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Latest New Mexico news, sports, business and entertainment at 11:20 a.m. MST

Jan 10, 2020
  • FLU-NEW MEXICO

SANTA FE, N.M. (AP) — Health officials in New Mexico have confirmed the first death of a child due to the flu this season. The state Health Department says the 1-year-old boy was from Roosevelt County. Officials have recorded a total of 52 pneumonia and flu-related deaths since the start of the season in October. The health department is warning that flu is still spreading in all regions of the state and that peak activity hasn't been reached. The agency says this season is already unusual for how early the illness became widespread and vaccinations are recommended.

  • SEXUAL MISCONDUCT-EPSTEIN-NEW MEXICO

SANTA FE, N.M. (AP) — Legislators will consider changes to the state's sex offender registration policies in response to revelations that deceased financier Jeffrey Epstein was allowed to avoid registering locally as a sex offender following a guilty plea a decade ago in Florida. Epstein was accused of abusing young women at his New Mexico ranch before his death last year. A Democratic state representative says he has filed a bill that would require people who are registered as sex offenders in another state or U.S. territory to also register in New Mexico if they spend 20 days in the state during a calendar year. 

  • IRANIAN AMERICANS-NEW MEXICO

ALBUQUERQUE, N.M. (AP) — Members of an Iranian American group in New Mexico say state Homeland Security recently asked them if they have seen any suspicious activities. Iranian Cultural Society of New Mexico President Azadeh Mehrnoush says the agency asked the group to report unusual episodes to authorities amid tensions between the U.S. and Iran. The Department of Homeland Security and Emergency Management said they wanted to make sure they were engaged with community representatives in case any issues develop around threats or hate crimes. But Mehrnoush says she felt the email was an attempt to seek information about actions by Iranian Americans.

  • AEROSPACE SUMMIT-NEW MEXICO

LAS CRUCES, N.M. (AP) — The governor of New Mexico has hosted about 30 executives in the aerospace industry at a closed-door summit to reportedly collaborate on strategies promoting business development in the state. Las Cruces Sun-News reported Thursday that Democratic Gov. Michelle Lujan Grisham spoke Wednesday to leaders from Spaceport America, Virgin Galactic and multiple laboratories and businesses at the Space Valley Summit held at New Mexico State University in Las Cruces. Officials say technical experts and industry leaders planned to use the four-hour summit to discuss and refine concepts and strategies that develop the state's aerospace economy.

  • AUSTRALIA-WILDFIRES-FARAWAY HELP

MORUYA, Australia (AP) — The U.S., Canada and New Zealand have sent hundreds of firefighters to Australia to help local crews battle its deadly wildfires. The firefighters have come as part of a reciprocal deal which has previously seen Australians posted in North America. Many of the firefighters have specialized skills such as managing air operations or logistics. The visiting firefighters say there have been challenges and surprises since they arrived, including figuring out how to pronounce Australian place names that can be a mouthful.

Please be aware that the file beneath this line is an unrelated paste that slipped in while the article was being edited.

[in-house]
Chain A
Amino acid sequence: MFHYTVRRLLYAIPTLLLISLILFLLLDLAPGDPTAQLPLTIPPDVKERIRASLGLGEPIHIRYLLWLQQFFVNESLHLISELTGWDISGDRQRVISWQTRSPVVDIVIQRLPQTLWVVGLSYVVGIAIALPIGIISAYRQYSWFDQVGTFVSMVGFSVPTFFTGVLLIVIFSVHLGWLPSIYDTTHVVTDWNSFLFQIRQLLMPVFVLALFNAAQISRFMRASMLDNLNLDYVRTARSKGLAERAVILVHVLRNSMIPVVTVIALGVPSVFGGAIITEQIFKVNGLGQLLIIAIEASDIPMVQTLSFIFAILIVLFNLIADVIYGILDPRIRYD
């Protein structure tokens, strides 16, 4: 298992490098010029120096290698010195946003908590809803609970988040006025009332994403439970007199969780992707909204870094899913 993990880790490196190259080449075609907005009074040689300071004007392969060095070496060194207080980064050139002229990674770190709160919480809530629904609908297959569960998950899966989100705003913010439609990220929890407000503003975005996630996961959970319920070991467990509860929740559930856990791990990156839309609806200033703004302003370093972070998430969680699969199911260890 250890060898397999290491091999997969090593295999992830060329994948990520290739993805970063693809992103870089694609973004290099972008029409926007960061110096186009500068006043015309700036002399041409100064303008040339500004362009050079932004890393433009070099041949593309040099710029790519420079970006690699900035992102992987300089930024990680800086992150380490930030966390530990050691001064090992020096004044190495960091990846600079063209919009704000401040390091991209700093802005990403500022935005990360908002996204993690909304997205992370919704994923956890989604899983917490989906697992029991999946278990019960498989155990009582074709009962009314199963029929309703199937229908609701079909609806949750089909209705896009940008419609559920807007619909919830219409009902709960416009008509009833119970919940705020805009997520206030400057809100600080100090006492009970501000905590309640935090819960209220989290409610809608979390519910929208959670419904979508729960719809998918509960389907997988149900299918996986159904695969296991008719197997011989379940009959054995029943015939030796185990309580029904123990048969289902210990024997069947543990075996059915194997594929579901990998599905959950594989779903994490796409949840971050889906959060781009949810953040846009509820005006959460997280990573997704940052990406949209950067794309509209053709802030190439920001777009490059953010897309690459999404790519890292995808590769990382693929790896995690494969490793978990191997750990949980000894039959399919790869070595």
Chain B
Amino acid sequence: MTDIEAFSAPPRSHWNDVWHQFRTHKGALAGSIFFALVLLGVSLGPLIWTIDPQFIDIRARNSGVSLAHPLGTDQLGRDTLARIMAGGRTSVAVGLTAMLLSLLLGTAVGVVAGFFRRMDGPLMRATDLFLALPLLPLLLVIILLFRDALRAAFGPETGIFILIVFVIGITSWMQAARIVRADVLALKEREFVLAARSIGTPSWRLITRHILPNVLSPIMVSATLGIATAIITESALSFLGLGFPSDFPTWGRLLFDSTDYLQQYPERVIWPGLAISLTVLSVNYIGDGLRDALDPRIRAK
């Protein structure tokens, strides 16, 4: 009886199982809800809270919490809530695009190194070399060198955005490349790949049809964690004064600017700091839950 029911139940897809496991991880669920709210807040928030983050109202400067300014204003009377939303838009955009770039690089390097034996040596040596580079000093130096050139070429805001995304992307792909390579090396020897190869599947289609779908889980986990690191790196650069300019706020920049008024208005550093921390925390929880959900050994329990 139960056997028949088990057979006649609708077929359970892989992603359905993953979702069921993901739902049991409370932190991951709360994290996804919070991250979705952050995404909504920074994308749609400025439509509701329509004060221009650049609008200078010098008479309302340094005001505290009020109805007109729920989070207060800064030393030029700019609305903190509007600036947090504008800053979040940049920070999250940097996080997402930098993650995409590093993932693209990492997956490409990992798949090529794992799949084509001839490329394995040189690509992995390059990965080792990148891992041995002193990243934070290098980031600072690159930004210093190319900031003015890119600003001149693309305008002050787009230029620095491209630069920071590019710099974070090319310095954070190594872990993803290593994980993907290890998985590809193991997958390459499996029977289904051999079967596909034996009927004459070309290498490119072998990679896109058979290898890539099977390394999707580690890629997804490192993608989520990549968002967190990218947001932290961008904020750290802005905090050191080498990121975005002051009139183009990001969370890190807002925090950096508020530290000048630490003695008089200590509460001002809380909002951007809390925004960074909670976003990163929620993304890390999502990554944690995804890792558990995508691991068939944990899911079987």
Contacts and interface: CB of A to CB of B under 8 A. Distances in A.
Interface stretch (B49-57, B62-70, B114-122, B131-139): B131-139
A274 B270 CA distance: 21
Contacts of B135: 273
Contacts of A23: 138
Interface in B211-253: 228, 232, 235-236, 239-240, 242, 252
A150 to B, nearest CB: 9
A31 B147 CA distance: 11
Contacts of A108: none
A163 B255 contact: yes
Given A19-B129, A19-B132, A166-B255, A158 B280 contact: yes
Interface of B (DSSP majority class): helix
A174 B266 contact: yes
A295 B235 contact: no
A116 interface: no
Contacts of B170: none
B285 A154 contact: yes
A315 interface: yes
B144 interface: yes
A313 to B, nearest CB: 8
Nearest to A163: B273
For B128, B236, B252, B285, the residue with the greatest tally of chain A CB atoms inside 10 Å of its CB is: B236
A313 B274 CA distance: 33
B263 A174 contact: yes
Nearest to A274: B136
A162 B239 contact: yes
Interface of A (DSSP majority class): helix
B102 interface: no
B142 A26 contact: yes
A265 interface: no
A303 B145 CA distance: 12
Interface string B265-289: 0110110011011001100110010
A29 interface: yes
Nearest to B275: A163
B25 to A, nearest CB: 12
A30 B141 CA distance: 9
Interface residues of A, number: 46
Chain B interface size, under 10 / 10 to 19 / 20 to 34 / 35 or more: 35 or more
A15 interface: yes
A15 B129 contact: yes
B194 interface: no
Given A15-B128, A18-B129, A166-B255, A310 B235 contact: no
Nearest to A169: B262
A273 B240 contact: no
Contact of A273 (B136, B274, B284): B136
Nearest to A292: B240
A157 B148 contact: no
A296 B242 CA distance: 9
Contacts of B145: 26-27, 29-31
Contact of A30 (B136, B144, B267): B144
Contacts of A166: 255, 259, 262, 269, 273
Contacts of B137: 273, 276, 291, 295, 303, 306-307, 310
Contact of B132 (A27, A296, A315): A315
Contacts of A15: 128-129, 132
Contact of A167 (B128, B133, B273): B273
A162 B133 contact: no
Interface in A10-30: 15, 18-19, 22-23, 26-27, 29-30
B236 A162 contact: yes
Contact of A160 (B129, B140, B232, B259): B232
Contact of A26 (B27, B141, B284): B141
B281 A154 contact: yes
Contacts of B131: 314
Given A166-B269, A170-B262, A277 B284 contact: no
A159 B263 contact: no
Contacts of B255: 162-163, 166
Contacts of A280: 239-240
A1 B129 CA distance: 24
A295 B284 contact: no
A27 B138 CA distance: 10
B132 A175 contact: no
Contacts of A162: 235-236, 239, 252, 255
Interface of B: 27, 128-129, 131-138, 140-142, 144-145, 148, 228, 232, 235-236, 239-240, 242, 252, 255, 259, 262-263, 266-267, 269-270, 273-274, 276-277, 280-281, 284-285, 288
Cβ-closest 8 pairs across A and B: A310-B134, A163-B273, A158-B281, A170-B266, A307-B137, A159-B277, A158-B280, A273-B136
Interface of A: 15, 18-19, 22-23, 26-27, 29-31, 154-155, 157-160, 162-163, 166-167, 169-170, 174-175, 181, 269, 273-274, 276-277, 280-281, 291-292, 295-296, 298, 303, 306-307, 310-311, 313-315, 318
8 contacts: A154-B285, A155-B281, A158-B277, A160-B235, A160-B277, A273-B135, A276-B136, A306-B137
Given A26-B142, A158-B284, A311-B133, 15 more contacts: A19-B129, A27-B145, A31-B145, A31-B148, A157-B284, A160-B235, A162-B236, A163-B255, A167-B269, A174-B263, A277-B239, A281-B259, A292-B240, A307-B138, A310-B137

• PEOPLE-LOU FERRIGNO

SOCORRO, N.M. (AP) — Lou Ferrigno, the actor in the CBS television series "The Incredible Hulk," is slated to become a sheriff's deputy in New Mexico.  Socorro County Sheriff William Armijo is scheduled to deputize Ferrigno next week at a special ceremony. Officials say Ferrigno will bring decades of law enforcement experience to the department and be instrumental in recruiting for the department and the county. The 68-year-old Ferrigno has served as a reserve sheriff's deputy in Los Angeles County and a member of the volunteer sheriff posse in Maricopa County, Arizona. Ferrigno played the Hulk in the 1970s television series. 

  • NUCLEAR WEAPONS-PLUTONIUM

ALBUQUERQUE, N.M. (AP) — The agency that oversees the United States' nuclear arsenal says it doesn't need to do a broad environmental review of a proposal that calls for ramping up production of plutonium triggers at federal installations in New Mexico and South Carolina. A key component of every nuclear weapon, most of the plutonium cores in the stockpile were produced in the 1970s and 1980s. The National Nuclear Security Administration has released a supplemental analysis related to the production project, saying the determination was made after reviewing documentation and public comments.  Nuclear watchdogs and other critics argue that the decision skirts requirements of the National Environmental Policy Act.

  • BC-US-IMMIGRATION-BORDER ENFORCEMENT

SAN DIEGO (AP) — Authorities say the number of people arrested or stopped entering the United States along the Mexico border fell for a seventh straight month in December, with Mexicans outpacing Central Americans among the detainees. U.S. authorities said they made 40,620 arrests or detentions of people on the Mexico border in December, down 5% from 42,651 in November and down 72% from a 13-year high of 144,116 in May. The Trump administration has begun a host of enforcement measures aimed at Mexicans, including a test to quickly determine asylum claims and deporting them to the central Mexico city of Guadalajara to discourage repeat attempts.